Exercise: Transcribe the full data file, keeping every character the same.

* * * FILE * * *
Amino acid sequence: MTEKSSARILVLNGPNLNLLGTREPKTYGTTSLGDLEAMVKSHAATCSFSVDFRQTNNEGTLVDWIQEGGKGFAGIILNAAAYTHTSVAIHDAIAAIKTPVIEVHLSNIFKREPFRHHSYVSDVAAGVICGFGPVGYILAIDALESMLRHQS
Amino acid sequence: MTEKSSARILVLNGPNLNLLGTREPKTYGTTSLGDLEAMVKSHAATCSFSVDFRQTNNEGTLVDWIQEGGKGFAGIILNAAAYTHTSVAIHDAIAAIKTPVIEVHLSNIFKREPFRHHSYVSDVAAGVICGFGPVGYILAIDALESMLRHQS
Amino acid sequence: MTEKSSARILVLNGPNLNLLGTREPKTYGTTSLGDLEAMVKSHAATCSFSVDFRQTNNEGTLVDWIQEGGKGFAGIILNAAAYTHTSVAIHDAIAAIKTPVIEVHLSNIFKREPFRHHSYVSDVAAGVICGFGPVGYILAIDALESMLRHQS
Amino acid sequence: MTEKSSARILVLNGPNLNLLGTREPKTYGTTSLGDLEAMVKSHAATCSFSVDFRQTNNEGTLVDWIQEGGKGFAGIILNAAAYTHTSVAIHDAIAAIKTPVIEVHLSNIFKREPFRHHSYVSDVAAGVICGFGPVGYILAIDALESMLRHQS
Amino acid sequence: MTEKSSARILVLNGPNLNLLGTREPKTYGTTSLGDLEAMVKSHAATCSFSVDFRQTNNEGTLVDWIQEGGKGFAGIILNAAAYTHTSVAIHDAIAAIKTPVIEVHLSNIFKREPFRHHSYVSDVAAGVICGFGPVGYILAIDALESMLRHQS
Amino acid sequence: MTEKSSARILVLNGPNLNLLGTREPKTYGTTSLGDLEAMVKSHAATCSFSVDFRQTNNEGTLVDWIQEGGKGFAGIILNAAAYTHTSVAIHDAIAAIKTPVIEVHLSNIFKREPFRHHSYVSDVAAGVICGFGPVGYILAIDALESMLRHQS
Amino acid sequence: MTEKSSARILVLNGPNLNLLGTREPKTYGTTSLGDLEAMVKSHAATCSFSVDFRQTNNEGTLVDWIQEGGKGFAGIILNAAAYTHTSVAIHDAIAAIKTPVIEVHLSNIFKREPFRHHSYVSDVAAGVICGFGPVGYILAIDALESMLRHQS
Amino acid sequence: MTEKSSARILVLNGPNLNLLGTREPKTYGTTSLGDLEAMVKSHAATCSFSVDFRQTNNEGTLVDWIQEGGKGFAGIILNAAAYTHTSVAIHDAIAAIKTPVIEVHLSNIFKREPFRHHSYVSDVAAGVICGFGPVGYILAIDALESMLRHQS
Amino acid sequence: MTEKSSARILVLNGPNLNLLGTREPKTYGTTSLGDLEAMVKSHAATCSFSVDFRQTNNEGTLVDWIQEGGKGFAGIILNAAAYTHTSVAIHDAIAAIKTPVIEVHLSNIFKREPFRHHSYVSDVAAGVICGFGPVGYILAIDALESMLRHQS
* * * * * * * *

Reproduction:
Amino acid sequence: MTEKSSARILVLNGPNLNLLGTREPKTYGTTSLGDLEAMVKSHAATCSFSVDFRQTNNEGTLVDWIQEGGKGFAGIILNAAAYTHTSVAIHDAIAAIKTPVIEVHLSNIFKREPFRHHSYVSDVAAGVICGFGPVGYILAIDALESMLRHQS
Amino acid sequence: MTEKSSARILVLNGPNLNLLGTREPKTYGTTSLGDLEAMVKSHAATCSFSVDFRQTNNEGTLVDWIQEGGKGFAGIILNAAAYTHTSVAIHDAIAAIKTPVIEVHLSNIFKREPFRHHSYVSDVAAGVICGFGPVGYILAIDALESMLRHQS
Amino acid sequence: MTEKSSARILVLNGPNLNLLGTREPKTYGTTSLGDLEAMVKSHAATCSFSVDFRQTNNEGTLVDWIQEGGKGFAGIILNAAAYTHTSVAIHDAIAAIKTPVIEVHLSNIFKREPFRHHSYVSDVAAGVICGFGPVGYILAIDALESMLRHQS
Amino acid sequence: MTEKSSARILVLNGPNLNLLGTREPKTYGTTSLGDLEAMVKSHAATCSFSVDFRQTNNEGTLVDWIQEGGKGFAGIILNAAAYTHTSVAIHDAIAAIKTPVIEVHLSNIFKREPFRHHSYVSDVAAGVICGFGPVGYILAIDALESMLRHQS
Amino acid sequence: MTEKSSARILVLNGPNLNLLGTREPKTYGTTSLGDLEAMVKSHAATCSFSVDFRQTNNEGTLVDWIQEGGKGFAGIILNAAAYTHTSVAIHDAIAAIKTPVIEVHLSNIFKREPFRHHSYVSDVAAGVICGFGPVGYILAIDALESMLRHQS
Amino acid sequence: MTEKSSARILVLNGPNLNLLGTREPKTYGTTSLGDLEAMVKSHAATCSFSVDFRQTNNEGTLVDWIQEGGKGFAGIILNAAAYTHTSVAIHDAIAAIKTPVIEVHLSNIFKREPFRHHSYVSDVAAGVICGFGPVGYILAIDALESMLRHQS
Amino acid sequence: MTEKSSARILVLNGPNLNLLGTREPKTYGTTSLGDLEAMVKSHAATCSFSVDFRQTNNEGTLVDWIQEGGKGFAGIILNAAAYTHTSVAIHDAIAAIKTPVIEVHLSNIFKREPFRHHSYVSDVAAGVICGFGPVGYILAIDALESMLRHQS
Amino acid sequence: MTEKSSARILVLNGPNLNLLGTREPKTYGTTSLGDLEAMVKSHAATCSFSVDFRQTNNEGTLVDWIQEGGKGFAGIILNAAAYTHTSVAIHDAIAAIKTPVIEVHLSNIFKREPFRHHSYVSDVAAGVICGFGPVGYILAIDALESMLRHQS
Amino acid sequence: MTEKSSARILVLNGPNLNLLGTREPKTYGTTSLGDLEAMVKSHAATCSFSVDFRQTNNEGTLVDWIQEGGKGFAGIILNAAAYTHTSVAIHDAIAAIKTPVIEVHLSNIFKREPFRHHSYVSDVAAGVICGFGPVGYILAIDALESMLRHQS